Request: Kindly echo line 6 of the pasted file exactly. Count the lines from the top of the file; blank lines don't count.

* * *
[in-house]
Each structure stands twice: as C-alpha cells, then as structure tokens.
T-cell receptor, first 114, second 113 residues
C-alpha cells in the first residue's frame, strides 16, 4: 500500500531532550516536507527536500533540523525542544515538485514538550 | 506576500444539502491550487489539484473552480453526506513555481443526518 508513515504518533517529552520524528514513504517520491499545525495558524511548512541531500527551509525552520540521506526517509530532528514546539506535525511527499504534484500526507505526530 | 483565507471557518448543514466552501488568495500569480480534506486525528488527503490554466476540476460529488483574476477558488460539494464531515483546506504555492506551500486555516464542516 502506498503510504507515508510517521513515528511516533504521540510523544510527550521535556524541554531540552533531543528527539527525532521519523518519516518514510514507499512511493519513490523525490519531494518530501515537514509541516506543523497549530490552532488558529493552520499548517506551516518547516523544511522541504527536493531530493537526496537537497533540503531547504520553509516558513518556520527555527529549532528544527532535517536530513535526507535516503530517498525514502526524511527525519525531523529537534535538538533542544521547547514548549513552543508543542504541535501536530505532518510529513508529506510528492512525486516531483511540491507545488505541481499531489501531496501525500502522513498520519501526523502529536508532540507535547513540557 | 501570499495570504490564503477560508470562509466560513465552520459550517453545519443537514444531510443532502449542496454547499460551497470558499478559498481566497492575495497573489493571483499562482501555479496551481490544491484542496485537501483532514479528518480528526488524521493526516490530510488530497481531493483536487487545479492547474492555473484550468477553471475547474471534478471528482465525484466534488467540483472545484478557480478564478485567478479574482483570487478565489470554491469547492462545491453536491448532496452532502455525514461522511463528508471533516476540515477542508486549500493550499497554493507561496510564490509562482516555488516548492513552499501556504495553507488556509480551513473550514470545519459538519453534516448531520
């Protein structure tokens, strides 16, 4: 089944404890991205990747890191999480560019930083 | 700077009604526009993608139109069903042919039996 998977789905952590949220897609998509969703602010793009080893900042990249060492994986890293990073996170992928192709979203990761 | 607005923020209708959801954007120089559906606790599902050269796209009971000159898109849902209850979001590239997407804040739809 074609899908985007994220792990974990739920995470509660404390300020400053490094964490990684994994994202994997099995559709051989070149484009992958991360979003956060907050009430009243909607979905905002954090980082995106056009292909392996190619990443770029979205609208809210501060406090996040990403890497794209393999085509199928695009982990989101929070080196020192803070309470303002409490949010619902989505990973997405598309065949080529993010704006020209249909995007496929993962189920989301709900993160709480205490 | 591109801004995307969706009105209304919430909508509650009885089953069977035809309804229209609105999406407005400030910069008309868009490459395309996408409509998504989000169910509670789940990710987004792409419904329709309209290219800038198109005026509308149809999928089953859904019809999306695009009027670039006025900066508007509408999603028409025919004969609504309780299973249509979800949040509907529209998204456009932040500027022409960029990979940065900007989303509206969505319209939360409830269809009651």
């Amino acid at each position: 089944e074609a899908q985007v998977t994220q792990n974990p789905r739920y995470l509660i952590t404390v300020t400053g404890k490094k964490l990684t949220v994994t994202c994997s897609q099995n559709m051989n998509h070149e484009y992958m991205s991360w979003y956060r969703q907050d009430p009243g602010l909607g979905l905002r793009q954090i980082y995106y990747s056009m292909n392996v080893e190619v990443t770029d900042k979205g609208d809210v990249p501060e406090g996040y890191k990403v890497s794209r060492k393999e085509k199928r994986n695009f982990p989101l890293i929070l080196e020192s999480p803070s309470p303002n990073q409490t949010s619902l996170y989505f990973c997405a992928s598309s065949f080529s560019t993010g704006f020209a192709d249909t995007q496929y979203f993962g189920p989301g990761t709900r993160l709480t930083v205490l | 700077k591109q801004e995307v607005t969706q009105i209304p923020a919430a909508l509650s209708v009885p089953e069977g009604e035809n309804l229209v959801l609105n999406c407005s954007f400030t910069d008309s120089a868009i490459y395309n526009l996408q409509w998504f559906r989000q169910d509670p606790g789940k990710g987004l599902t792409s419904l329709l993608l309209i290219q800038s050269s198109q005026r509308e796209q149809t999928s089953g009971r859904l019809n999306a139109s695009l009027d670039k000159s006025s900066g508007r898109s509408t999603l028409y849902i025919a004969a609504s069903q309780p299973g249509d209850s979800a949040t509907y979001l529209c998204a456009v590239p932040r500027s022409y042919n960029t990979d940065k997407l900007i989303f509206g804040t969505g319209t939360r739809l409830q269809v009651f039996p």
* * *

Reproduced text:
């Amino acid at each position: 089944e074609a899908q985007v998977t994220q792990n974990p789905r739920y995470l509660i952590t404390v300020t400053g404890k490094k964490l990684t949220v994994t994202c994997s897609q099995n559709m051989n998509h070149e484009y992958m991205s991360w979003y956060r969703q907050d009430p009243g602010l909607g979905l905002r793009q954090i980082y995106y990747s056009m292909n392996v080893e190619v990443t770029d900042k979205g609208d809210v990249p501060e406090g996040y890191k990403v890497s794209r060492k393999e085509k199928r994986n695009f982990p989101l890293i929070l080196e020192s999480p803070s309470p303002n990073q409490t949010s619902l996170y989505f990973c997405a992928s598309s065949f080529s560019t993010g704006f020209a192709d249909t995007q496929y979203f993962g189920p989301g990761t709900r993160l709480t930083v205490l | 700077k591109q801004e995307v607005t969706q009105i209304p923020a919430a909508l509650s209708v009885p089953e069977g009604e035809n309804l229209v959801l609105n999406c407005s954007f400030t910069d008309s120089a868009i490459y395309n526009l996408q409509w998504f559906r989000q169910d509670p606790g789940k990710g987004l599902t792409s419904l329709l993608l309209i290219q800038s050269s198109q005026r509308e796209q149809t999928s089953g009971r859904l019809n999306a139109s695009l009027d670039k000159s006025s900066g508007r898109s509408t999603l028409y849902i025919a004969a609504s069903q309780p299973g249509d209850s979800a949040t509907y979001l529209c998204a456009v590239p932040r500027s022409y042919n960029t990979d940065k997407l900007i989303f509206g804040t969505g319209t939360r739809l409830q269809v009651f039996p």